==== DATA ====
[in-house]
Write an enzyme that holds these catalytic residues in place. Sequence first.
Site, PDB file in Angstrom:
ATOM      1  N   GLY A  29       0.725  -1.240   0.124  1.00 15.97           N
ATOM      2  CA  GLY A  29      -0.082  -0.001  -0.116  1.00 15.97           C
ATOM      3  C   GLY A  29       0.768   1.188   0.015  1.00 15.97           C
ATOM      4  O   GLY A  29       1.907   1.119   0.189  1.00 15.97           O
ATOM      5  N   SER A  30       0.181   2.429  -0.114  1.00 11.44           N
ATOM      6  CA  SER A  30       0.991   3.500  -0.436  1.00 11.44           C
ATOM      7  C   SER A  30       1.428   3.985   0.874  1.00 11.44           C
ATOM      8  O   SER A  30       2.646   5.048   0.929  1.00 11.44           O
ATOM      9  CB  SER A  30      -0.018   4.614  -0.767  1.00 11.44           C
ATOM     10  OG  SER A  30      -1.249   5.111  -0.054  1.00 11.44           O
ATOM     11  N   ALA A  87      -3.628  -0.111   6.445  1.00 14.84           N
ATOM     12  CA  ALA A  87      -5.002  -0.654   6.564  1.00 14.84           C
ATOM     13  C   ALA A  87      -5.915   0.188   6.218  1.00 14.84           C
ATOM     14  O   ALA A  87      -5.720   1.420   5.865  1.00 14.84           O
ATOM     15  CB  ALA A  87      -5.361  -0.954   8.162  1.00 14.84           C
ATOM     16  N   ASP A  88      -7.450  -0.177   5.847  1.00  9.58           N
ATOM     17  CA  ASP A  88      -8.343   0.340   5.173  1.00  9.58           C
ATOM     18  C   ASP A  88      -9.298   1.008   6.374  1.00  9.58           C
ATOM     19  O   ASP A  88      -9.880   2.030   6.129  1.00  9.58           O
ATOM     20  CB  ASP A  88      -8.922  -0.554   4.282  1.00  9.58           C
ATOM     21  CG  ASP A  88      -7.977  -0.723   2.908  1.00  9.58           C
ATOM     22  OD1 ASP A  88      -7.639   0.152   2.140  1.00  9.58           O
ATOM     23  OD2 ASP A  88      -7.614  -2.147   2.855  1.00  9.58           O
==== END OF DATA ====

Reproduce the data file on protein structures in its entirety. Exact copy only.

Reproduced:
[in-house]
Write an enzyme that holds these catalytic residues in place. Sequence first.
Site, PDB file in Angstrom:
ATOM      1  N   GLY A  29       0.725  -1.240   0.124  1.00 15.97           N
ATOM      2  CA  GLY A  29      -0.082  -0.001  -0.116  1.00 15.97           C
ATOM      3  C   GLY A  29       0.768   1.188   0.015  1.00 15.97           C
ATOM      4  O   GLY A  29       1.907   1.119   0.189  1.00 15.97           O
ATOM      5  N   SER A  30       0.181   2.429  -0.114  1.00 11.44           N
ATOM      6  CA  SER A  30       0.991   3.500  -0.436  1.00 11.44           C
ATOM      7  C   SER A  30       1.428   3.985   0.874  1.00 11.44           C
ATOM      8  O   SER A  30       2.646   5.048   0.929  1.00 11.44           O
ATOM      9  CB  SER A  30      -0.018   4.614  -0.767  1.00 11.44           C
ATOM     10  OG  SER A  30      -1.249   5.111  -0.054  1.00 11.44           O
ATOM     11  N   ALA A  87      -3.628  -0.111   6.445  1.00 14.84           N
ATOM     12  CA  ALA A  87      -5.002  -0.654   6.564  1.00 14.84           C
ATOM     13  C   ALA A  87      -5.915   0.188   6.218  1.00 14.84           C
ATOM     14  O   ALA A  87      -5.720   1.420   5.865  1.00 14.84           O
ATOM     15  CB  ALA A  87      -5.361  -0.954   8.162  1.00 14.84           C
ATOM     16  N   ASP A  88      -7.450  -0.177   5.847  1.00  9.58           N
ATOM     17  CA  ASP A  88      -8.343   0.340   5.173  1.00  9.58           C
ATOM     18  C   ASP A  88      -9.298   1.008   6.374  1.00  9.58           C
ATOM     19  O   ASP A  88      -9.880   2.030   6.129  1.00  9.58           O
ATOM     20  CB  ASP A  88      -8.922  -0.554   4.282  1.00  9.58           C
ATOM     21  CG  ASP A  88      -7.977  -0.723   2.908  1.00  9.58           C
ATOM     22  OD1 ASP A  88      -7.639   0.152   2.140  1.00  9.58           O
ATOM     23  OD2 ASP A  88      -7.614  -2.147   2.855  1.00  9.58           O